A favorite thought experiment of mine is pondering the hows-and-whys of the world. There are mountains of geological and archeological information to consider. Fortunately, the fog lifts a bit, and I see a little deeper.
The difficulty is that a mountain of details always gets in the way of the view. You know the problem… ‘One can’t see the forest for the trees’. Nevertheless, this current era appears to me to be overwhelming, and unique in human evolution.
James Carville had it right when he said, “It’s the economy, stupid”, although I don’t know if he realizes how deeply that extends. Looking at this forest from 10,000 feet, it is obvious to me that economic realities shape everything. Not just for humans, but for all life. After all, economics is just an emergent property of survival-based relationships. Anyway, here is the story as I see it so far…
Which Came First, Language, Music, or Fire? The Egg, of Course.
Once upon a time, our distant ancestors tamed what was a fearsome phenomenon — fire! Conversely, maybe this all began with the development of language, or more likely, with music that laid the foundation for language. Indeed, there is growing evidence for that. See Language, Music, and the Brain: A Mysterious Relationship. Not music like the kind we hear on the radio mind you. It would be more like the music elephants and whales use to communicate. Okay, that takes care of the first one or two million years, maybe more. Now I’ll move on to firmer ground.
The age of fire, began around 500,000 years ago (1) when people figured out how to make and manage that fiercesome ‘spirit’ that terrifies other animals. This made life much easier. Hunters fire-hardened their spear tips, which brought home more bacon. Fire allowed them to cook food making various nutrients more digestible, and freed up some ‘chewing time’ as well. Finally, fire allowed us to leave the warm climate of the tropics and settle the whole planet, nearly pole to frigid pole.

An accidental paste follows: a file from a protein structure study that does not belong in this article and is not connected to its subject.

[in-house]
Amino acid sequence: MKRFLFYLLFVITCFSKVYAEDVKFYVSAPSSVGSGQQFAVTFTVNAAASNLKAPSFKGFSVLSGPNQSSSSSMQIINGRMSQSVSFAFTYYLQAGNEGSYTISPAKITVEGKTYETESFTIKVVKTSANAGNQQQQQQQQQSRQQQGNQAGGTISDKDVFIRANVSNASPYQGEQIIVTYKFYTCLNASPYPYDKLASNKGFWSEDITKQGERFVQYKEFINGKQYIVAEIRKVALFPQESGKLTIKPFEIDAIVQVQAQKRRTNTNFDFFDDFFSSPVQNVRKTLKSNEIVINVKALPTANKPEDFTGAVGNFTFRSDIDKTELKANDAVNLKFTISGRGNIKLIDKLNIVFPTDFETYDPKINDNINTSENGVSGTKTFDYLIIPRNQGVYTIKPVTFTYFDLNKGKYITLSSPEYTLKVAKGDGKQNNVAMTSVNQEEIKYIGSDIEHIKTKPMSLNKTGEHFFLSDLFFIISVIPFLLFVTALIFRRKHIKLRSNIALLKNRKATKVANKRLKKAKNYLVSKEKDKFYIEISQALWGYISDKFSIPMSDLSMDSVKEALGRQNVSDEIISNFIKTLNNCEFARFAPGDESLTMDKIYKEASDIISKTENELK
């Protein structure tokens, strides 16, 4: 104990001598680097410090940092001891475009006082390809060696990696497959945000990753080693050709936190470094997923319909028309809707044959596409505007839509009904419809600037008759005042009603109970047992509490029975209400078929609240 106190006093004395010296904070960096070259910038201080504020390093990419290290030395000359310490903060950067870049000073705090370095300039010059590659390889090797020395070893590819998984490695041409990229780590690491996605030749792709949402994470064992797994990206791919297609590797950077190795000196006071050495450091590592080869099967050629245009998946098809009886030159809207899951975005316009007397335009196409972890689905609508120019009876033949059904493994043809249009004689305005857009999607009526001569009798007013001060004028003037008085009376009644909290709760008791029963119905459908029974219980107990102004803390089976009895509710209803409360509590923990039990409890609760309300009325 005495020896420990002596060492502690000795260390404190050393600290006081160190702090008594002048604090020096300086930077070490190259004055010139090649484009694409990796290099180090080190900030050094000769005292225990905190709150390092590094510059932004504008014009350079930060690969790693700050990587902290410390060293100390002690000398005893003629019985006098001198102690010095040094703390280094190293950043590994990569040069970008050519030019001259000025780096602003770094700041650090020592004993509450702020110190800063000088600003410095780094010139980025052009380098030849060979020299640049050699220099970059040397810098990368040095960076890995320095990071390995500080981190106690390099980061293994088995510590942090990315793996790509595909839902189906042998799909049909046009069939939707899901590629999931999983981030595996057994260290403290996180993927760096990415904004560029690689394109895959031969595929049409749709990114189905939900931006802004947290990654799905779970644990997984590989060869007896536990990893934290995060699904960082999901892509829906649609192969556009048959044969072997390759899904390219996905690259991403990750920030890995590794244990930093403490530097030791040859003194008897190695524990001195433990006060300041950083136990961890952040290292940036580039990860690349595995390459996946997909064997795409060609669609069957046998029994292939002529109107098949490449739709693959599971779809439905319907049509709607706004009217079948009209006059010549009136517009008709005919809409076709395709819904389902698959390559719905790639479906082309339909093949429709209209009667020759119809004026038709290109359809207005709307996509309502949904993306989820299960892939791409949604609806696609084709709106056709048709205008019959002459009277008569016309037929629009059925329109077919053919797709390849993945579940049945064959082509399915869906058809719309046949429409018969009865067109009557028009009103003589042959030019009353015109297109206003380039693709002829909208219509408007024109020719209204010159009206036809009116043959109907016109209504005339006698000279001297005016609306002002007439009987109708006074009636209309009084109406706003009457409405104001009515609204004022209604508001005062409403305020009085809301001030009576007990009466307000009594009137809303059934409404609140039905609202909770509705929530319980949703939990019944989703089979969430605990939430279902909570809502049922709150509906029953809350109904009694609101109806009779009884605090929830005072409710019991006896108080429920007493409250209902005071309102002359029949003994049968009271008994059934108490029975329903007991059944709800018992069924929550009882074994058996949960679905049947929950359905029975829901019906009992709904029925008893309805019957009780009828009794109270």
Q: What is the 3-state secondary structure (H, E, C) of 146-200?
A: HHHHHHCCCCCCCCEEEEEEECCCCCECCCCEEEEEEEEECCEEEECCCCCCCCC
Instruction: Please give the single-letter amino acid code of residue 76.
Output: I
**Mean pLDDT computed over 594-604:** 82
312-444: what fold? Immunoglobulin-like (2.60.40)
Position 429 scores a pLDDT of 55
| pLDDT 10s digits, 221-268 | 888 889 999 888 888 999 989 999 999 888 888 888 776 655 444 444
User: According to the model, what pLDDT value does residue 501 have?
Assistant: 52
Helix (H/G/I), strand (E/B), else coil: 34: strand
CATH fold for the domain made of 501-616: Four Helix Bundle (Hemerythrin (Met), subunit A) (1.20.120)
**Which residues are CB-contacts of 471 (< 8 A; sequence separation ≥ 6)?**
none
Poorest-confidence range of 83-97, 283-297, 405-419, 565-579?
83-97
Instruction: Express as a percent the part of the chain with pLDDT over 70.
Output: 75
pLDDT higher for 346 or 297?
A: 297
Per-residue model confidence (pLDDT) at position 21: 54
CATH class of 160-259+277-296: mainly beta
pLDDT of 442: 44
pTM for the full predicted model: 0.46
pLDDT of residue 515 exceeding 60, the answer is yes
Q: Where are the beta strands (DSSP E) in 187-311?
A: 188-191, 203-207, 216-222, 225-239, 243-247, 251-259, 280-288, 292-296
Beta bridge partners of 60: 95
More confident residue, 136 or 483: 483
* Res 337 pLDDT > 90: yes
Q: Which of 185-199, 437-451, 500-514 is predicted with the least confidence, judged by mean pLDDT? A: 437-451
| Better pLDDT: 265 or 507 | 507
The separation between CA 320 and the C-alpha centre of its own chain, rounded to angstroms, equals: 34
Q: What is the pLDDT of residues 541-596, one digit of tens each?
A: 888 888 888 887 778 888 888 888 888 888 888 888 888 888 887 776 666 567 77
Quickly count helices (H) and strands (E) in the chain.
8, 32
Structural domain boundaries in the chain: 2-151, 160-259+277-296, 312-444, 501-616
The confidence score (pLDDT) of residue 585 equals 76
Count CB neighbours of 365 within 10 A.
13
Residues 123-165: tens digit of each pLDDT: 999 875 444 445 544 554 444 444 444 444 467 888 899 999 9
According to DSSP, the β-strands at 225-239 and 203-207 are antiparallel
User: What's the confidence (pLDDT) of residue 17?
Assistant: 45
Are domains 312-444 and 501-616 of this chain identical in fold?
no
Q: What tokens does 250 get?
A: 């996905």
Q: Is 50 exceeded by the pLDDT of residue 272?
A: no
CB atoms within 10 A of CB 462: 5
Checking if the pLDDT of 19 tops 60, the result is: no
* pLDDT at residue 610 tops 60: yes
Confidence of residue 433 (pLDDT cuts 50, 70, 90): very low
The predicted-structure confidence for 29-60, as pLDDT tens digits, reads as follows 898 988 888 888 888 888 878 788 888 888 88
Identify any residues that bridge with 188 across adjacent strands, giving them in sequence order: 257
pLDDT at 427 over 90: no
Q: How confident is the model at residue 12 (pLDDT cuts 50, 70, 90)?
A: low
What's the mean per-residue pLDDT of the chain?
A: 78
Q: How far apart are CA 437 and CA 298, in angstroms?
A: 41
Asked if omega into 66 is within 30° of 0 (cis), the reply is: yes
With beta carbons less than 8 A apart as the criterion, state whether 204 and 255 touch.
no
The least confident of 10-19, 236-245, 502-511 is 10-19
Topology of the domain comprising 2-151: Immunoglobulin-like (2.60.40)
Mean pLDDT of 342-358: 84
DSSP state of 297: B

Agriculture and Primitive Metallurgy
Granaries excavated in Jordan indicate that people stored large quantities of wild cereals by about 11,300 years ago, a practice that led to the cultivation of domesticated plants. This radical shift in human lifestyle, the Neolithic Revolution of around 10,000 years ago, saw the transition from hunting and gathering to settled agriculture and the domestication of plants and animals. Only a few thousand years later, around 5000 years ago, came metallurgy.
The first major metal was bronze, an alloy of copper and tin, which when alloyed with copper made a much harder metal. At around this same time the first writing appears in Egypt, Mesopotamia, and Harappa (a major city in the ancient Indus Valley civilization). Not surprisingly, the first writing is clearly related to trade… (“the economy stupid”). Stand back a little and you can see the exponential nature of progress beginning to ramp up.
About 3,000 years ago saw the beginning of a widespread use of iron. Being profoundly stronger, cheaper and easier to produce than bronze, the use of iron became available to the masses. This technological leap forward was the fulcrum to catapult humanity fully out of the stone-age. With this came the introduction of all the major religious paradigms of today. Coincidence you say?… No way! These were just essential ‘religion upgrades’ to help people cope with the momentous economic and cultural changes brought about by iron.
The Electricity Age, as I like to call it, beginning a little over 100 years ago has allowed a quantum leap in industrial and scientific innovation (2). I regard this era as important to human evolution as the harnessing of fire itself. Indeed, you could say electrical energy is a purer form of fire. Yet, being in the midst of it all, it’s difficult to see this in a millennial perspective. One way to appreciate the impact of the harnessing of electricity is to imagine how life would be without it. There would be no machines except for those driven by animal, water, or steam. All modern science and medicine depend entirely upon electricity. Without electricity, there could be no computers, and without them, none of the momentous medical breakthroughs we are just beginning to see.
The Age of Wisdom… of sorts
Medical breakthroughs are truly the culmination of all these Ages. Throughout most of these past 500,000 years, life expectancy along with birthrate has kept the median age of human populations in the teenage range. The result, as history shows, is that cultures have behaved as you’d expect teenagers to behave. The dawning of the Electricity Age has seen this median-age gradually increase. Now, it stands at about 37 years old in developed nations. In the poorest African nations it remains in the teens… for now.